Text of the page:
When her love rang in his centennial birthday, his grubby daughter sent real estate brokers over to the condo to assess its value, intending to sell it. Joke was on her! “When we married, I had money saved from my practice and bought the place I wanted in cash. The house in my maiden name. Always make sure you take care of yourself.”
Marry for love.
“Mr. Goldstein is the love of my life,” she says. Before him, she dated a prominent lawyer for 12 years until he passed away. “But no one loved me like Mr. Goldstein.”
Marry your financial and professional peer.
“But Mr. Goldstein was doing very well for himself. Honey, you need someone who respects your career, and you respect his. Don’t settle! And make sure you have your own money, in your own name.”
Enjoy your body.
“Honey, you’re still young. You look great. Play the field.”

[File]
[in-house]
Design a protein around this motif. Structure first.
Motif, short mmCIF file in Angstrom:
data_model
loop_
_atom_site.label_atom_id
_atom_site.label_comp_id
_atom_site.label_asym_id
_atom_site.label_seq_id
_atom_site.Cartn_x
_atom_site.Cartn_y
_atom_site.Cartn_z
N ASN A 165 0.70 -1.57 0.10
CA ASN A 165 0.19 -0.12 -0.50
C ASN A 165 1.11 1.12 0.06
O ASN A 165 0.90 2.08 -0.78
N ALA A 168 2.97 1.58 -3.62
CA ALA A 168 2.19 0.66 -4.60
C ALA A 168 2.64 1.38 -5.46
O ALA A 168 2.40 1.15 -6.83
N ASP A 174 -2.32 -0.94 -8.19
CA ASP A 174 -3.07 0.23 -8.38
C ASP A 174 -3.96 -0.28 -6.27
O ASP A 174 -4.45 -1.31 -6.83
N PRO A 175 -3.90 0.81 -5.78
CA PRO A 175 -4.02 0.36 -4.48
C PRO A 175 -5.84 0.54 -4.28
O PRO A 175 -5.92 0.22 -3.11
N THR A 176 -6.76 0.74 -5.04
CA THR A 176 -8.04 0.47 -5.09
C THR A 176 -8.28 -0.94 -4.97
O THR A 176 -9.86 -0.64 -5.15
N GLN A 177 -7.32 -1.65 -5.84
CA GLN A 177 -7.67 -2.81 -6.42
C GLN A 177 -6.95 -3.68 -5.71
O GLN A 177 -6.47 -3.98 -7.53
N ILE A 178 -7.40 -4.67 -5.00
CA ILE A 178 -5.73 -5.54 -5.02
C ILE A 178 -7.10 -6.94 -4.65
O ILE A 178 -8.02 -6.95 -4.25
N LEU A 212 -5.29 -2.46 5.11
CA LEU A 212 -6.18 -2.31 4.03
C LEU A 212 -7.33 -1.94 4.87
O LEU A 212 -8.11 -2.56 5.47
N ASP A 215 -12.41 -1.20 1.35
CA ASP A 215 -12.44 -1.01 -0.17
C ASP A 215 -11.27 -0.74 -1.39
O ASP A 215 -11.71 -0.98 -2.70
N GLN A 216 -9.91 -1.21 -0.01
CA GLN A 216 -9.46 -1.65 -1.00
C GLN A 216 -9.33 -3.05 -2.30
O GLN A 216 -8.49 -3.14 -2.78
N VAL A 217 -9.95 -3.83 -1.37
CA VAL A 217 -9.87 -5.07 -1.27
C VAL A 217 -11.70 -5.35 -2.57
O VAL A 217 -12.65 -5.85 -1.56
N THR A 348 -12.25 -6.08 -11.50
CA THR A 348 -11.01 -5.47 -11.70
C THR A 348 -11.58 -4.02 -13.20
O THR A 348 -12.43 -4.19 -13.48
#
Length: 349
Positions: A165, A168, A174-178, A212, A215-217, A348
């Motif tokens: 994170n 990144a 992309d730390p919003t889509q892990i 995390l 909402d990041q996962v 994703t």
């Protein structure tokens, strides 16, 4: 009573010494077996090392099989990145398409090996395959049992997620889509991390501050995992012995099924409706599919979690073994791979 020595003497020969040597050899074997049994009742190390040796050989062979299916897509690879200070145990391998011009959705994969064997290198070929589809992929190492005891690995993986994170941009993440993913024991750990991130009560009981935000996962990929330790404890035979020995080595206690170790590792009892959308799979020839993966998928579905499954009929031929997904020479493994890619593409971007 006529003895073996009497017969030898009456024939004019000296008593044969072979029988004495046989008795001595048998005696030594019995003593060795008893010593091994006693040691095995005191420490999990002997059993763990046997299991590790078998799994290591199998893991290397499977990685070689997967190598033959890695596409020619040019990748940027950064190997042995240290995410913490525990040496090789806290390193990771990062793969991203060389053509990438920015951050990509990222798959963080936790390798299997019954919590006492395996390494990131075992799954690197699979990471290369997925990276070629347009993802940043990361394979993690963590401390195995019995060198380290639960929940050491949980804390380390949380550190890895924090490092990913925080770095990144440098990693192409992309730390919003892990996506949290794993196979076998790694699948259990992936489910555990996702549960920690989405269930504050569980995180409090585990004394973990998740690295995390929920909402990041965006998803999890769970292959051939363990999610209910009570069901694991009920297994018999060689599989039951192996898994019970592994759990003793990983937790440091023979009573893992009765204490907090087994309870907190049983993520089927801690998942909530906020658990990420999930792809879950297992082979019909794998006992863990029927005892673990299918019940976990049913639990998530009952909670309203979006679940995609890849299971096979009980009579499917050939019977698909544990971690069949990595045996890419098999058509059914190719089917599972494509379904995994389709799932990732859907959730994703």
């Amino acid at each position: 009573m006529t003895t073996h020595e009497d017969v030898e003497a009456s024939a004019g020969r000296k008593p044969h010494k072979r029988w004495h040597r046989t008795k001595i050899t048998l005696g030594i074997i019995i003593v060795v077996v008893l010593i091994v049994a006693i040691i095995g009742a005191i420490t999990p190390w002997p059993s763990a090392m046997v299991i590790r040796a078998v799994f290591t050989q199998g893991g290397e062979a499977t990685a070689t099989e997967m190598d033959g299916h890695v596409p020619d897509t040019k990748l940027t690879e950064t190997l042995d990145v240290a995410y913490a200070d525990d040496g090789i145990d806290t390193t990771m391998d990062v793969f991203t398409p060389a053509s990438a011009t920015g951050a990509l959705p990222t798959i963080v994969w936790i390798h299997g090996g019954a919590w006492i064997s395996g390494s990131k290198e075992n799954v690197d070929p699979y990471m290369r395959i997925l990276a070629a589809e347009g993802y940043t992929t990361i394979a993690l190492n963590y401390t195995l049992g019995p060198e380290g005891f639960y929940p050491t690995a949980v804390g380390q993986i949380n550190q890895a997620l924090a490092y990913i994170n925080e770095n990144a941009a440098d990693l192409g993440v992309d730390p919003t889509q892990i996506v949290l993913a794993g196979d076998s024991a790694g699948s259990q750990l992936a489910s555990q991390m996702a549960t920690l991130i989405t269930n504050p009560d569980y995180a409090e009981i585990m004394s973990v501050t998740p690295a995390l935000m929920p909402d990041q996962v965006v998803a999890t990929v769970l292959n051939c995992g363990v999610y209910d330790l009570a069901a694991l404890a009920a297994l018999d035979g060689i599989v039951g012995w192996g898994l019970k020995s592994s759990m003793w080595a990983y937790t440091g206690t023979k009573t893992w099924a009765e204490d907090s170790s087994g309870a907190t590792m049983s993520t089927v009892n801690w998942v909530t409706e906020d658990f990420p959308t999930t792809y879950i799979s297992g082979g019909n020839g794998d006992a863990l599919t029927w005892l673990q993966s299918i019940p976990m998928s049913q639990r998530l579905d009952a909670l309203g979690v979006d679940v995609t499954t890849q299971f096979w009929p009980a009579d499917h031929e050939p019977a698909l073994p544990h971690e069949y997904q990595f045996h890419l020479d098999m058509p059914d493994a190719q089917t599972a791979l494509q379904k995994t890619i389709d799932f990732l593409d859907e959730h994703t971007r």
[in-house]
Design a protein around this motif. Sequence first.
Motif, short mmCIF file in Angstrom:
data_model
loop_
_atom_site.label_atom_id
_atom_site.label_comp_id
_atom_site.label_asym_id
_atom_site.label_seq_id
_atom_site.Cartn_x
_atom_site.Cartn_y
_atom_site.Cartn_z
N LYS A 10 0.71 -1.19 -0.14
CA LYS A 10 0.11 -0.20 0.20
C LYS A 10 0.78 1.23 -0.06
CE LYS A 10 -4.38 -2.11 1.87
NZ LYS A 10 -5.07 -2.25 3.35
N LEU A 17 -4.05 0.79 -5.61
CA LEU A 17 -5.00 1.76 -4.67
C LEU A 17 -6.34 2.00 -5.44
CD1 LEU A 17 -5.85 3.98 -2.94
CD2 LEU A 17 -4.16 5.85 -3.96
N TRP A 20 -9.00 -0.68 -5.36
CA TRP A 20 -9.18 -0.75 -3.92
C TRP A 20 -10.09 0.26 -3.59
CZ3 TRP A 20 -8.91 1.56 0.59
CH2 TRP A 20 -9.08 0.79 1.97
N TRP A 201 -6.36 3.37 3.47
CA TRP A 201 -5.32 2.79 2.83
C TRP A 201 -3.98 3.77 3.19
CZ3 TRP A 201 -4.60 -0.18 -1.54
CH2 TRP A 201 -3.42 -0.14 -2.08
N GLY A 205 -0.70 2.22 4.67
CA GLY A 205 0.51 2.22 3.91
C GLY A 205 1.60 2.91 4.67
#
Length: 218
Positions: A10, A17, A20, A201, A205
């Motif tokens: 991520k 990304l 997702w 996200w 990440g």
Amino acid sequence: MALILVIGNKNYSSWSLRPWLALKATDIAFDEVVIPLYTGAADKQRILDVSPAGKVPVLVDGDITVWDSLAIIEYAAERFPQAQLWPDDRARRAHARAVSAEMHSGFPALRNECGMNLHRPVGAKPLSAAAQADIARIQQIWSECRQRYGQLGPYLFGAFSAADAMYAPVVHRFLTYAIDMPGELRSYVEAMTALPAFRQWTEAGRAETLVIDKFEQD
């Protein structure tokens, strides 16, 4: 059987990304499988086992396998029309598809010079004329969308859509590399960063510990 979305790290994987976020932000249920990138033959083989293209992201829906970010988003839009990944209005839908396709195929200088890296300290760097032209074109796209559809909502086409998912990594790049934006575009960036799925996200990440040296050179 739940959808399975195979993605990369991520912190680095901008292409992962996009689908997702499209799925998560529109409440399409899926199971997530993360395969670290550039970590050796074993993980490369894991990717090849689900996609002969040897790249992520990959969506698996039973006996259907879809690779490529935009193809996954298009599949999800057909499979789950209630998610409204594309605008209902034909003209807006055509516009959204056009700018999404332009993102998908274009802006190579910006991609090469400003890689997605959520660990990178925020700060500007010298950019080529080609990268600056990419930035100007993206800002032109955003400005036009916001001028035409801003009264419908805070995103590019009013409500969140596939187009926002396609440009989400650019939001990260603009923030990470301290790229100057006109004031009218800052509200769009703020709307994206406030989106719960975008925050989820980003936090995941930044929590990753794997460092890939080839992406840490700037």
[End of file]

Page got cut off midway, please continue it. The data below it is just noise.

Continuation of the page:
But be careful.
“That’s great you’re dating. But honey, be sure to protect yourself. Don’t get pregnant.”
P.S. Enjoy your body.
“When I went for my annual exam, the doctor said, ‘You look like a young girl on the inside! You could still be having active sex!’
When I asked her if she and her husband still had sex she said: “Oh no. Not any more.” Did she miss it? “Sometimes. Honey, play the field.”
Don’t stop playing the field.
“The other day I was in Pick ‘N’ Save and I ran into a doctor I knew 40 years ago. He told his daughter, ‘I knew her years ago, and when her husband dies I’m going to marry her!’”
The general rule of thumb for doing anything major after divorce is: Wait a year.
Is it hard to meet someone after divorce?
This is a common question, which really cloaks your fear that you are unlovable. Millions of people date, fall in love, fall in lust, get into relationships and even marry after breakups and divorce.
Why is dating after divorce so hard?
First, you are traumatized by your divorce, no matter how wanted or amicable it was. Second, you are afraid of getting hurt. Third, you likely have not dated for a long time.